By CHELSEA DAVIS
Courier staff writer
---- — OTTUMWA — Cardinal schools are that much safer with a donation of 40 backpacks, each stuffed with emergency supplies.
"I was trying to find a way to expend our emergency preparedness fund in collaboration with community partners," said Wapello County Public Health clinical director Lynelle Diers. "These are from federal funds we get through the state."
That's when Wapello County Emergency Management coordinator Josh Stevens suggested supplying Cardinal schools with emergency backpacks to complement their saferoom. He had identified a gap in what schools had and what they still needed in terms of emergency supplies.
"These are not designed for long-term," he said. "The backpacks are for three days, but it's always good to have these items on hand."
The supplies could be used in any emergency situation, Diers said, from a power outage to a tornado to a lock-down scenario.
Each backpack weighs around 40 pounds and has enough supplies for four people. In total, they cost around $6,000.
"It takes a big burden off of our shoulders," said Cardinal Principal Jeremy Hissem.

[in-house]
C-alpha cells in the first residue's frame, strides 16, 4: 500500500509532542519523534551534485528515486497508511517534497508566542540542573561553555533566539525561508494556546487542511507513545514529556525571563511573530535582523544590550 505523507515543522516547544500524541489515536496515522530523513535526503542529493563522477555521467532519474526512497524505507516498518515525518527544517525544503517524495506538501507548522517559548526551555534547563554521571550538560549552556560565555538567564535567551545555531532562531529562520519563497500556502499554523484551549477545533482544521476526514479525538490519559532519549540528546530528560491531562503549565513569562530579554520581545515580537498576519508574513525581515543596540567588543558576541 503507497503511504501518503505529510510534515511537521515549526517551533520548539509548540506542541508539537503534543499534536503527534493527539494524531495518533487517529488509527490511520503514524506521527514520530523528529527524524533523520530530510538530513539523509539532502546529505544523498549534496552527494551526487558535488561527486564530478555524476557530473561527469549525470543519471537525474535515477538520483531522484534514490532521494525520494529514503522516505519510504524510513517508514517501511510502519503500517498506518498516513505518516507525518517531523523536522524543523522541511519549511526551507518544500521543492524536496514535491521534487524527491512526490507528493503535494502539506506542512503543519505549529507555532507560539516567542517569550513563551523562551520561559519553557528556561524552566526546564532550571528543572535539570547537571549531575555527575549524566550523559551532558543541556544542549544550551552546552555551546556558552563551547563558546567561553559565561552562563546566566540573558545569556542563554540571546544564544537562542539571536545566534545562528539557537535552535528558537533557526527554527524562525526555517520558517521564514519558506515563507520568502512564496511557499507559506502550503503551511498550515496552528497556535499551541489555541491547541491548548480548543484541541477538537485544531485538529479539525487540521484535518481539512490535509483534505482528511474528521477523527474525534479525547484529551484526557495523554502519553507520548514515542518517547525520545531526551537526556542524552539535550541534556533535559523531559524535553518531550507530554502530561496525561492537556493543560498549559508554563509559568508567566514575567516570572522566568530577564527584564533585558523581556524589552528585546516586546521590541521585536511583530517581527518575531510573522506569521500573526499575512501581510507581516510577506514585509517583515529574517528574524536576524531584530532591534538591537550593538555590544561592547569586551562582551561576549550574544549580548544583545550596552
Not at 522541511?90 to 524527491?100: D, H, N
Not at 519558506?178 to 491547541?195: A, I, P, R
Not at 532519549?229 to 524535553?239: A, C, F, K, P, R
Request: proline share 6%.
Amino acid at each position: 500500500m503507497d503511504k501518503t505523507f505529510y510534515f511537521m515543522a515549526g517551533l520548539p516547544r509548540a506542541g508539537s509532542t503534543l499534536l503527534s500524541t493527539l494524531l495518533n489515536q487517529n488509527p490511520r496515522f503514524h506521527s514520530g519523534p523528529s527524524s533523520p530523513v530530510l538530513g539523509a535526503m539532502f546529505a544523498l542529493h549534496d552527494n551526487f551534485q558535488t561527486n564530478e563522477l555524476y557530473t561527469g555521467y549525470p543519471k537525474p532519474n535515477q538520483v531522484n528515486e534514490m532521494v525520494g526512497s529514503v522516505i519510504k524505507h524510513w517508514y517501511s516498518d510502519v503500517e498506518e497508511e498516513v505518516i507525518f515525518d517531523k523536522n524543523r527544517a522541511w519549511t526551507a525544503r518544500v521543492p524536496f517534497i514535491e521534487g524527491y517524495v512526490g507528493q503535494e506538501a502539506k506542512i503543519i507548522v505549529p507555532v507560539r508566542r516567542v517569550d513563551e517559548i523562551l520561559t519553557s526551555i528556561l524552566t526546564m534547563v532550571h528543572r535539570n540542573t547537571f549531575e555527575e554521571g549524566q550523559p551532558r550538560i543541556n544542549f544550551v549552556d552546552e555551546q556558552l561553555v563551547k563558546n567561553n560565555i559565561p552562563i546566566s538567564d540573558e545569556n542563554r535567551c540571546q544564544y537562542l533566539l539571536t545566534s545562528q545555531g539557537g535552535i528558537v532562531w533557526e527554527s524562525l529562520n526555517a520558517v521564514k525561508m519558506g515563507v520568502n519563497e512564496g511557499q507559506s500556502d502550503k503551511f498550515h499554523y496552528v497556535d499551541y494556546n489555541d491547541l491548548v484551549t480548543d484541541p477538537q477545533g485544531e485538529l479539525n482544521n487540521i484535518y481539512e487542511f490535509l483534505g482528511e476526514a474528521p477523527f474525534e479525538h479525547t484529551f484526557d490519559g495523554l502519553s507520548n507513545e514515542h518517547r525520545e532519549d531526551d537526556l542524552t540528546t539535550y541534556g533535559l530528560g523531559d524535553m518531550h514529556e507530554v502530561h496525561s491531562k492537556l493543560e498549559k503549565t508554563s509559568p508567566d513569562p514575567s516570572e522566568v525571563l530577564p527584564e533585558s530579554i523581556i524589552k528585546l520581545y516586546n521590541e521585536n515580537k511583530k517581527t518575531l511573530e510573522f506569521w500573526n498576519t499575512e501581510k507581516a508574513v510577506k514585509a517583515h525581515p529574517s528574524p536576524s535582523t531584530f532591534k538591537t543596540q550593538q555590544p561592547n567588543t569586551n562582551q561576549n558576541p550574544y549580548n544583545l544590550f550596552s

The backpacks include flashlights, masks, radios, first aid kits, tarps, water, food, rope, blankets, warmers, ponchos, gloves, coloring books, pads and more.
"They'll be kept in the classrooms in case of an emergency, so they'll be easily accessible by classroom staff," Diers said.
The Cardinal school district has 40 to 50 classrooms, Hissem said, so the goal is to have one backpack per grade, if not per classroom.
Hissem, a new addition to the district, said he was ecstatic to hear about the donation.
"You don't always have these partnerships with other entities when you come to a new district," he said. "We're professional educators, and these people are trained and certified in safety and health. They're the experts, so getting their input is very important to us because we're not the people trained for this."
The emergency backpacks are not a result of the Sandy Hook Elementary shootings in Newtown, Conn. last winter, he said.
"It seems like it but these things were in planning for a long time," he said. "I signed up to take a course in public safety before that happened, but that made it that much more important. Unfortunately, we've had a lot of these instances, so we're getting better at being prepared for them.
"Hopefully we never have to use them, but we want to be proactive in our preparedness. As a parent, you think, what is our school going to do in case of an emergency? Are they prepared?"
— To follow reporter Chelsea Davis on Twitter, head to twitter.com/chelsealeedavis.